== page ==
1.1 Notations

If X is a set and Ω is a subset of N , then

  • 𝒫 ( X ) denotes the power set of X and 𝒫 fin ( X ) denotes the family of finite subsets of X;

  • 𝔉 ( X , Y ) denotes the set of all functions from X to Y and 𝔉 ( Ω ) = 𝔉 ( Ω , ) ;

  • 𝒞 ( Ω ) denotes the set of continuous functions defined on Ω N ;

  • 𝒞 k ( Ω ) denotes the set of functions defined on Ω N which have continuous derivatives up to the order k (sometimes we will use the notation 𝒞 0 ( Ω ) instead of 𝒞 ( Ω ) );

  • H k , p ( Ω ) denotes the usual Sobolev space of functions defined on Ω N ;

  • if W ( Ω ) is any function space, then W c ( Ω ) will denote the function space of functions in W ( Ω ) having compact support;

  • 𝒞 0 ( Ω Ξ ) , Ξ Ω , denotes the set of continuous functions in 𝒞 ( Ω Ξ ) which vanish for x Ξ ;

  • 𝒟 ( Ω ) denotes the set of the infinitely differentiable functions with compact support defined on Ω N ; 𝒟 ( Ω ) denotes the topological dual of 𝒟 ( Ω ) , namely the set of distributions on Ω;

  • if A X is a set, then χ A denotes the characteristic function of A;

  • 𝔰 𝔲 𝔭 𝔭 ( f ) = supp * ( f ) where supp is the usual notion of support of a function or a distribution;

  • 𝔪 𝔬 𝔫 ( x ) = { y ( N ) * : x y } , where x y means that x - y is infinitesimal;

  • a.e. x X means “for almost every x X ”;

  • if a , b * , then

    • [ a , b ] * = { x * : a x b } ,

    • ( a , b ) * = { x * : a < x < b } ;

  • if W is a generic function space, its topological dual will be denoted by W and the pairing by , W ;

  • if E is any set, then | E | will denote its cardinality.

2 Λ-theory

In this section, we present the basic notions of Non-Archimedean Mathematics (sometimes abbreviated as NAM) and of Nonstandard Analysis (sometimes abbreviated as NSA) following a method inspired by [3] (see also [1] and [4]). When we talk about NSA, we mean the NSA in the sense of Robinson (see [20]), and not the internal set theory developed by Nelson in [18].

2.1 Non-Archimedean fields

Here, we recall the basic definitions and facts regarding non-Archimedean fields. In the following, 𝕂 will denote a totally ordered infinite field. We recall that such a field contains (a copy of) the rational numbers. Its elements will be called numbers.

Definition 2.1.

Let 𝕂 be an ordered field. Let ξ 𝕂 . We say that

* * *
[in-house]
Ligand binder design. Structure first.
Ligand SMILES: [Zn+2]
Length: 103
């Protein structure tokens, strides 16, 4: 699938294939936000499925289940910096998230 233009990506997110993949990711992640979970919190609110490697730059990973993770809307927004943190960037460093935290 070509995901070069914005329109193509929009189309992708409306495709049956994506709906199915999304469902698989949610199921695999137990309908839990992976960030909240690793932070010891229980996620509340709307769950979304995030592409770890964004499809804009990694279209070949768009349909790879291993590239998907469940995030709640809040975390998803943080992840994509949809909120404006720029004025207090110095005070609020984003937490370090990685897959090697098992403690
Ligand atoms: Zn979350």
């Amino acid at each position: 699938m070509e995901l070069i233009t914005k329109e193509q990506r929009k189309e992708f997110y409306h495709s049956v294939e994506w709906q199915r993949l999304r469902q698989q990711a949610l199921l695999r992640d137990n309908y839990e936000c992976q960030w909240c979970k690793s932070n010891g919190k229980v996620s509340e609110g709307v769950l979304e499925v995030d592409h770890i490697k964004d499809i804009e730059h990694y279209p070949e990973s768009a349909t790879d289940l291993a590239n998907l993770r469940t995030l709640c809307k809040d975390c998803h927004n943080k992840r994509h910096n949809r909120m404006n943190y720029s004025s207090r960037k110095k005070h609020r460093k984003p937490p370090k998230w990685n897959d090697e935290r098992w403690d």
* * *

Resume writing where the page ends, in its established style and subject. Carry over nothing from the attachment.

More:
• ξ is infinitesimal if, for all positive n , | ξ | < 1 n ;

  • ξ is finite if there exists n such that | ξ | < n ;

  • ξ is infinite if, for all n , | ξ | > n (equivalently, if ξ is not finite).

Definition 2.2.

An ordered field 𝕂 is called non-Archimedean if it contains an infinitesimal ξ 0 .

It is easily seen that infinitesimal numbers are actually finite, that the inverse of an infinite number is a nonzero infinitesimal number, and that the inverse of a nonzero infinitesimal number is infinite.

Definition 2.3.

A superreal field is an ordered field 𝕂 that properly extends .

It is easy to show, due to the completeness of , that there are nonzero infinitesimal numbers and infinite numbers in any superreal field. Infinitesimal numbers can be used to formalize a new notion of closeness, according to the following:

Definition 2.4.

We say that two numbers ξ , ζ 𝕂 are infinitely close if ξ - ζ is infinitesimal. In this case, we write ξ ζ .

Clearly, the relation of infinite closeness is an equivalence relation and we have the following:

Theorem 2.5.

If K is a totally ordered superreal field, every finite number ξ K is infinitely close to a unique real number r ξ , called the standard part of ξ.

Given a finite number ξ, we denote its standard part by st ( ξ ) , and we put st ( ξ ) = ± if ξ 𝕂 is a positive (negative) infinite number. In Definition 2.16, we will see how the notion of standard part can be generalized to any Hausdorff topological space.

Definition 2.6.

Let 𝕂 be a superreal field and ξ 𝕂 a number. The monad of ξ is the set of all numbers that are infinitely close to it,

𝔪 𝔬 𝔫 ( ξ ) :- { ζ 𝕂 : ξ ζ } .

2.2 The Λ-limit

Let U be an infinite set of cardinality bigger than the continuum, and let 𝔏 = 𝒫 fin ( U ) be the family of finite subsets of U.

Notice that ( 𝔏 , ) is a directed set. We add to 𝔏 a point at infinity Λ 𝔏 , and we define the following family of neighborhoods of Λ:

{ { Λ } Q : Q 𝒰 } ,

where 𝒰 is a fine ultrafilter on 𝔏 , namely a filter such that

  • for every A , B 𝔏 , if A B = 𝔏 , then A 𝒰 or B 𝒰 ;

  • for every λ 𝔏 , the set Q ( λ ) :- { μ 𝔏 : λ μ } 𝒰 .

We will refer to the elements of 𝒰 as qualified sets. A function φ : 𝔏 E , defined on a directed set E, is called net (with values in E). If φ ( λ ) is a real net, we have that

lim λ Λ φ ( λ ) = L

if, and only if, for every ε > 0 , there exists Q 𝒰 such that | φ ( λ ) - L | < ε for all λ Q .

As usual, if a property P ( λ ) is satisfied by any λ in a neighborhood of Λ, we will say that it is eventually satisfied.

Proposition 2.7.

If the net φ ( λ ) takes values in a compact set K, then it is a converging net.

Proof.

Suppose that the net φ ( λ ) has a converging subnet to L . We fix ε > 0 arbitrarily, and we have to prove that Q ε 𝒰 , where

Q ε = { λ 𝔏 : | φ ( λ ) - L | < ε } .

We argue indirectly, and we assume that Q ε 𝒰 . Then, by the definition of ultrafilter, N = 𝔏 Q ε 𝒰 , and hence,

| φ ( λ ) - L | ε for all λ N .

This contradicts the fact that φ λ has a subnet which converges to L. ∎

Proposition 2.8.

Assume that φ : L E , where E is a first countable topological space; then if